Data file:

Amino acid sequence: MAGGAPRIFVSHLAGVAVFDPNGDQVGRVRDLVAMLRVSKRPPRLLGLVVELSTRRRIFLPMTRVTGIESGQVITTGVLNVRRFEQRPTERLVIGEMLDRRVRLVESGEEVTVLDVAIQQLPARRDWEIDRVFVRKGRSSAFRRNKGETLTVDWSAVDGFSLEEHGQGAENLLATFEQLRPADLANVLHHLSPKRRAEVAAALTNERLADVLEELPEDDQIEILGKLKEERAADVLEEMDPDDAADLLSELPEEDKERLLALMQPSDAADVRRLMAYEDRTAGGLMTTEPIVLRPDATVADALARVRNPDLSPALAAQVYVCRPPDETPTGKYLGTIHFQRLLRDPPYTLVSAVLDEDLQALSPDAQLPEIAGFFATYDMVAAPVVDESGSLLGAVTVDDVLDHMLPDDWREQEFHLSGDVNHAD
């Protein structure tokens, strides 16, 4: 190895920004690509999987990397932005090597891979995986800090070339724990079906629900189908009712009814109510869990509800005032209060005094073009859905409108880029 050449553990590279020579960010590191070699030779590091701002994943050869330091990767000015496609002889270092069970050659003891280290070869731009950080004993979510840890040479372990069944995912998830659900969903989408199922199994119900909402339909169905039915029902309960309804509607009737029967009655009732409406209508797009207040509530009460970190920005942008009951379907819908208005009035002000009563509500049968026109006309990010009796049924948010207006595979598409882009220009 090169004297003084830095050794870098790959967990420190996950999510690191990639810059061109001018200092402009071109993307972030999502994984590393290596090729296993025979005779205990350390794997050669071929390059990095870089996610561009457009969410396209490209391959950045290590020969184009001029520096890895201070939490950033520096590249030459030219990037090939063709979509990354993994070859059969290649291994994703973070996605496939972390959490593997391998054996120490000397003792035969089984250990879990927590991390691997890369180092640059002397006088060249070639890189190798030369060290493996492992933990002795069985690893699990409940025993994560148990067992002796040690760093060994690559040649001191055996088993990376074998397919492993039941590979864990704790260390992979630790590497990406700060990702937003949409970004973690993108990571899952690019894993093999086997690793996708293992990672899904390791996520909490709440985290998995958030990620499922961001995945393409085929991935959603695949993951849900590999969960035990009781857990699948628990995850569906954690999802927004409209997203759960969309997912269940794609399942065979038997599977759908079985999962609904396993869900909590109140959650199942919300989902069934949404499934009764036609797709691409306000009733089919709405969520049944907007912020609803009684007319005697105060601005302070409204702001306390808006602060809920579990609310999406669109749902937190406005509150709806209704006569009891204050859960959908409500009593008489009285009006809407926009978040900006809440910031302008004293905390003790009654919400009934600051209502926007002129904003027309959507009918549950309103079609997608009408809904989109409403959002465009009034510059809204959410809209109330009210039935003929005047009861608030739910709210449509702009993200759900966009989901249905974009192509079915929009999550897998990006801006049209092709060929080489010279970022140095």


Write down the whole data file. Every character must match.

Amino acid sequence: MAGGAPRIFVSHLAGVAVFDPNGDQVGRVRDLVAMLRVSKRPPRLLGLVVELSTRRRIFLPMTRVTGIESGQVITTGVLNVRRFEQRPTERLVIGEMLDRRVRLVESGEEVTVLDVAIQQLPARRDWEIDRVFVRKGRSSAFRRNKGETLTVDWSAVDGFSLEEHGQGAENLLATFEQLRPADLANVLHHLSPKRRAEVAAALTNERLADVLEELPEDDQIEILGKLKEERAADVLEEMDPDDAADLLSELPEEDKERLLALMQPSDAADVRRLMAYEDRTAGGLMTTEPIVLRPDATVADALARVRNPDLSPALAAQVYVCRPPDETPTGKYLGTIHFQRLLRDPPYTLVSAVLDEDLQALSPDAQLPEIAGFFATYDMVAAPVVDESGSLLGAVTVDDVLDHMLPDDWREQEFHLSGDVNHAD
């Protein structure tokens, strides 16, 4: 190895920004690509999987990397932005090597891979995986800090070339724990079906629900189908009712009814109510869990509800005032209060005094073009859905409108880029 050449553990590279020579960010590191070699030779590091701002994943050869330091990767000015496609002889270092069970050659003891280290070869731009950080004993979510840890040479372990069944995912998830659900969903989408199922199994119900909402339909169905039915029902309960309804509607009737029967009655009732409406209508797009207040509530009460970190920005942008009951379907819908208005009035002000009563509500049968026109006309990010009796049924948010207006595979598409882009220009 090169004297003084830095050794870098790959967990420190996950999510690191990639810059061109001018200092402009071109993307972030999502994984590393290596090729296993025979005779205990350390794997050669071929390059990095870089996610561009457009969410396209490209391959950045290590020969184009001029520096890895201070939490950033520096590249030459030219990037090939063709979509990354993994070859059969290649291994994703973070996605496939972390959490593997391998054996120490000397003792035969089984250990879990927590991390691997890369180092640059002397006088060249070639890189190798030369060290493996492992933990002795069985690893699990409940025993994560148990067992002796040690760093060994690559040649001191055996088993990376074998397919492993039941590979864990704790260390992979630790590497990406700060990702937003949409970004973690993108990571899952690019894993093999086997690793996708293992990672899904390791996520909490709440985290998995958030990620499922961001995945393409085929991935959603695949993951849900590999969960035990009781857990699948628990995850569906954690999802927004409209997203759960969309997912269940794609399942065979038997599977759908079985999962609904396993869900909590109140959650199942919300989902069934949404499934009764036609797709691409306000009733089919709405969520049944907007912020609803009684007319005697105060601005302070409204702001306390808006602060809920579990609310999406669109749902937190406005509150709806209704006569009891204050859960959908409500009593008489009285009006809407926009978040900006809440910031302008004293905390003790009654919400009934600051209502926007002129904003027309959507009918549950309103079609997608009408809904989109409403959002465009009034510059809204959410809209109330009210039935003929005047009861608030739910709210449509702009993200759900966009989901249905974009192509079915929009999550897998990006801006049209092709060929080489010279970022140095």